Song of the Day: Higher Love features the words and music of Will Jennings and Steve Winwood, who took this song from his album "Back in the High Life" to #1 on the Billboard Hot 100 in August of 1986. The female vocals on the single were provided by Chaka Khan, who also appeared in the music video [YouTube link]. Tomorrow, we get back to our Woodstock Edition of the Summer Music Festival, but today, we mark the date, 56 years ago, when Whitney Houston was born. It turns out that despite having left a remarkable discography to posterity, Whitney actually recorded this song in 1990 (produced by Narada Michael Walden) for her third studio album, "I'm Your Baby Tonight" (and what a great song that was [YouTube link]!), but it appeared only on the album's Japanese release. So her current single is the first posthumously released recording to hit the Hot 100 since her untimely death in 2012. Check out Whitney's live performance of the song and the Kygo-produced remix released last month as well as the slammin' Stormby Club Mix [YouTube links]. The song is already a Top 5 Dance Club Track, peaking at #2 as well on the Hot Dance / Electronic Songs Chart.

August 08, 2019

Song of the Day #1661

Song of the Day: If I Can't Have You features the words and music of Teddy Geiger, Scott Harris, Nate Mercereau, and Shawn Mendes, who turns 21 today! Check out the video single and several remixes by Galoski, MT SOUL, and the Bass Brothers. And Happy Birthday, young man!

August 04, 2019

Happy Birthday, Jones Beach!

On August 4, 1929, Jones Beach State Park was officially opened, in a ceremony held by then-New York Governor Franklin D. Roosevelt.

Today, Jones Beach marks the 90th anniversary of its opening by lowering its parking fee from $10.00 to 50 cents, a price reflective of yesteryear! Which means if you want to get on the beach, you better leave from now: Make your way down the Wantagh State Parkway in Nassau County, and get on line!

I used to go there as a kid with my sister and my cousins Sandy and Michael, anytime I visited my Aunt Joan and Uncle Al, who lived in Bellmore, Long Island. Memories... of hot sand, huge waves, and family fun in the sun!

August 03, 2019

Song of the Day #1660

Song of the Day: The Oscar ("Maybe September"), music by Percy Faith, lyrics by Jay Livingston and Ray Evans, was featured in the 1966 movie, with an all-star cast, including Tony Bennett, who made his film debut and sang its theme song. The song appears on two of Tony's albums: "The Movie Song Album" and the second of two albums he did with the jazz piano legend Bill Evans, "Together Again". Check out the original version and the Evans collaboration [YouTube links]. And Happy 93rd Birthday to Tony!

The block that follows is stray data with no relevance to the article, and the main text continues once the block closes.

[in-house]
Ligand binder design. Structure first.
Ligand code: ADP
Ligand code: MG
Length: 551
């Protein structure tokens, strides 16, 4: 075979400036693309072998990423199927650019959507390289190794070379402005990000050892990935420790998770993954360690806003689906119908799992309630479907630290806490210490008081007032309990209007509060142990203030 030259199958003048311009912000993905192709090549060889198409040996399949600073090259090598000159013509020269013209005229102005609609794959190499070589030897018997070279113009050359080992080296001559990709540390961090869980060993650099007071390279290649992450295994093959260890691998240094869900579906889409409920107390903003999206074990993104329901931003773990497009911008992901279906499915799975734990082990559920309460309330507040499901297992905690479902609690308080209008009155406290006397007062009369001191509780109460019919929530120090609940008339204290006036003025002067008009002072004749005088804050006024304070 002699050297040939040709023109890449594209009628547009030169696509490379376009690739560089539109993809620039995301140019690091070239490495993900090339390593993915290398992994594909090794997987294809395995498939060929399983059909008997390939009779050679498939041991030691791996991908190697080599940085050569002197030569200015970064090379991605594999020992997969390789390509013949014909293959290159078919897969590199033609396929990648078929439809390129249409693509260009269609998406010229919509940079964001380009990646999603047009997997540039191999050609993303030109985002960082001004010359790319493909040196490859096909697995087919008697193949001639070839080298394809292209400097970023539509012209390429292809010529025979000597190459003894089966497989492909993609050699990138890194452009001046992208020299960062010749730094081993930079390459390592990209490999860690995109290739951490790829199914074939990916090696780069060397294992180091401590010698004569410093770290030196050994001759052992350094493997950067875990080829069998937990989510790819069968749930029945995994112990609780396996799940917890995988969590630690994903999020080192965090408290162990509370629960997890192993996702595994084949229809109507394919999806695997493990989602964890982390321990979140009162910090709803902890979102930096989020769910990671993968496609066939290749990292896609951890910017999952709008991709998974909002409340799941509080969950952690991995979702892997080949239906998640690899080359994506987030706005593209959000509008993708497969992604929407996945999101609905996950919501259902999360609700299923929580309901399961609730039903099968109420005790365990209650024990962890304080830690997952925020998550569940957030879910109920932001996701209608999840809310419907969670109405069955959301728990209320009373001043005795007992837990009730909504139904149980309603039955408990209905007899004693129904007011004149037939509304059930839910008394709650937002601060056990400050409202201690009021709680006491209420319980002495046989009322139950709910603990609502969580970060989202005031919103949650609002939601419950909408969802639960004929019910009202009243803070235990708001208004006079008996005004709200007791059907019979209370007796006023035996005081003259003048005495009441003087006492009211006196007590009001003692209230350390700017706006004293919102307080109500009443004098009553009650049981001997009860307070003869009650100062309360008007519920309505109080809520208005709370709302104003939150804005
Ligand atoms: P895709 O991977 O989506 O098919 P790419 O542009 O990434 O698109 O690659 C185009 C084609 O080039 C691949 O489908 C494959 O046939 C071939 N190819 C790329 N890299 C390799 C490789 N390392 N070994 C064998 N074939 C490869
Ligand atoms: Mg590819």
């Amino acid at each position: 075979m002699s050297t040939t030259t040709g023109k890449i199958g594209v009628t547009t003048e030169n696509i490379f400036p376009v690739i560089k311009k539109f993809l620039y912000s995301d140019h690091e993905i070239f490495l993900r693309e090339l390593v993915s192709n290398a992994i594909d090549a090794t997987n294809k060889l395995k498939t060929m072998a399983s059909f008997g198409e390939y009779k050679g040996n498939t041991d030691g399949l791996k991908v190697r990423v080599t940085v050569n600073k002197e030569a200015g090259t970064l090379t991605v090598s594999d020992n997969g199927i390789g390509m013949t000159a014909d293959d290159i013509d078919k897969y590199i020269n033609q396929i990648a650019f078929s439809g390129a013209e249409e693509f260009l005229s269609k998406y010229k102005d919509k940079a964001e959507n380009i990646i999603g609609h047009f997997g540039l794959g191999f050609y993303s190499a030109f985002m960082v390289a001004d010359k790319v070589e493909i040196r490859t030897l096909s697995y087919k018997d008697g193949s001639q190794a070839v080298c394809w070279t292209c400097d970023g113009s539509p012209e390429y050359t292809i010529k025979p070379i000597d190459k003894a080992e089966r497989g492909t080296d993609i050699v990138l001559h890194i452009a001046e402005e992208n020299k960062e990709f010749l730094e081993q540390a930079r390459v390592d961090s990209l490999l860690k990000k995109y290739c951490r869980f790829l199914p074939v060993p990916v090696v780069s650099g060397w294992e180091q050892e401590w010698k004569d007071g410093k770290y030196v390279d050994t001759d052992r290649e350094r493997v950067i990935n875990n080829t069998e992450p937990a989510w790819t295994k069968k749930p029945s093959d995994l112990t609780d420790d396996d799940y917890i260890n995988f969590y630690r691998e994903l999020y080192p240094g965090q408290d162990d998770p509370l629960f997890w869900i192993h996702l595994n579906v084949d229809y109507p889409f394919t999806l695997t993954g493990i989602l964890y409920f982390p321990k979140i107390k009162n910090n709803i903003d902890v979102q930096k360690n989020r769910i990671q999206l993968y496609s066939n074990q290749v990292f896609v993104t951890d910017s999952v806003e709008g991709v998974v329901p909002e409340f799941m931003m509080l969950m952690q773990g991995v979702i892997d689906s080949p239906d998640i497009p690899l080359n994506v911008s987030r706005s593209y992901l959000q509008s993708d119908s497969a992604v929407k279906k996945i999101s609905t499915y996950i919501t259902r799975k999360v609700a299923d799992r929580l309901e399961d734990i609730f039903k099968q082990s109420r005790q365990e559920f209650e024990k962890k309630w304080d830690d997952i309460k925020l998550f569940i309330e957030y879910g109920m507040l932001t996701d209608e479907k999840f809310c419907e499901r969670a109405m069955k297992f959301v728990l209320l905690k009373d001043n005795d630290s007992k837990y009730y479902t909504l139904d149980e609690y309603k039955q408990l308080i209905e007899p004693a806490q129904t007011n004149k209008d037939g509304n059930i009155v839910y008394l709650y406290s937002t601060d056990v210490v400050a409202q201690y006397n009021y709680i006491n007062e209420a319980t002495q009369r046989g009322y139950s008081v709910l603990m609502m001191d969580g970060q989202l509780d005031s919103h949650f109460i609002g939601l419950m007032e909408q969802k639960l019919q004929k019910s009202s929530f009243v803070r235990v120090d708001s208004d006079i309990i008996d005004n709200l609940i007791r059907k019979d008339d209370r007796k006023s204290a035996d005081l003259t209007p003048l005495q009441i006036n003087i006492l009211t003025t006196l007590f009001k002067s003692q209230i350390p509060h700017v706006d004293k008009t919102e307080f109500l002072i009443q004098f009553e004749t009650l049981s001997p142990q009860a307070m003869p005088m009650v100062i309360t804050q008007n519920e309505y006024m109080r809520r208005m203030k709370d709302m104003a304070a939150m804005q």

August 02, 2019

Song of the Day #1659

Song of the Day: Going Up the Country, words and music by Canned Heat, was a remake of sorts of the 1928 "Bull Doze Blues" [YouTube link] by blues musician Henry Thomas. Their version of this song was recorded for their third album, "Living the Blues" and became an international hit. Check out the single version and the Woodstock festival version of this rollicking blues-rock romp [YouTube links].

August 01, 2019

Erika Holzer, RIP

I have learned that author Erika Holzer has passed away. She was a dear friend for many years, from whom I learned much.

Erika and I developed a warm, personable relationship back in 2004, as she worked on a wonderful essay, "Passing the Torch," which was published in the first of two Journal of Ayn Rand Studies symposia marking the Rand Centenary. That particular issue was devoted to Rand's literary and cultural impact---and Erika's essay served as a springboard to her 2005 book that traced her "mentor-protege relationship with the author of Atlas Shrugged": Ayn Rand: My Fiction-Writing Teacher (the book was reviewed by Kirsti Minsaas in the Fall 2006 JARS).

Erika's literary contributions were discussed at length in the pages of JARS by writers such as Jeff Riggenbach, whose essay, "Ayn Rand's Influence on American Popular Fiction" appeared in the same issue as Erika's "Passing the Torch" and Robert Powell, whose essay, "Taking Pieces of Rand with Them: Ayn Rand's Literary Influence," appeared in the December 2012 issue of JARS.

Erika's body of work included some very fine thrillers, Freedom Bridge: A Cold War Thriller (which is actually a revised version of Double Crossing) and Eye for an Eye, which was made into a suspenseful 1996 film, directed by John Schlesinger, starring Sally Field, Kiefer Sutherland and Ed Harris. She also co-wrote two nonfiction books with her husband Henry (Hank) Mark Holzer.

Significantly, in the late 1960s, Erika and Hank had tracked down the original negative of the 1942 Italian film adaptation of Rand's first novel, We the Living, starring Alida Valli and Rossano Brazzi. Under Rand's initial guidance, Erika was immensely helpful to director Duncan Scott, in the re-editing and restoration of the film, which was released in 1986, with English subtitles.

I would be remiss if I didn't mention that Erika Holzer was among the most empathetic of human beings I've ever known, greatly supportive of me through some of my most difficult periods grappling with a life-long illness. I loved her and I will miss her very much.

My deepest condolences to her husband Hank, her family, and friends. Her literary work and her pro bono work as a lawyer on behalf of human rights cases stand as her ultimate legacy.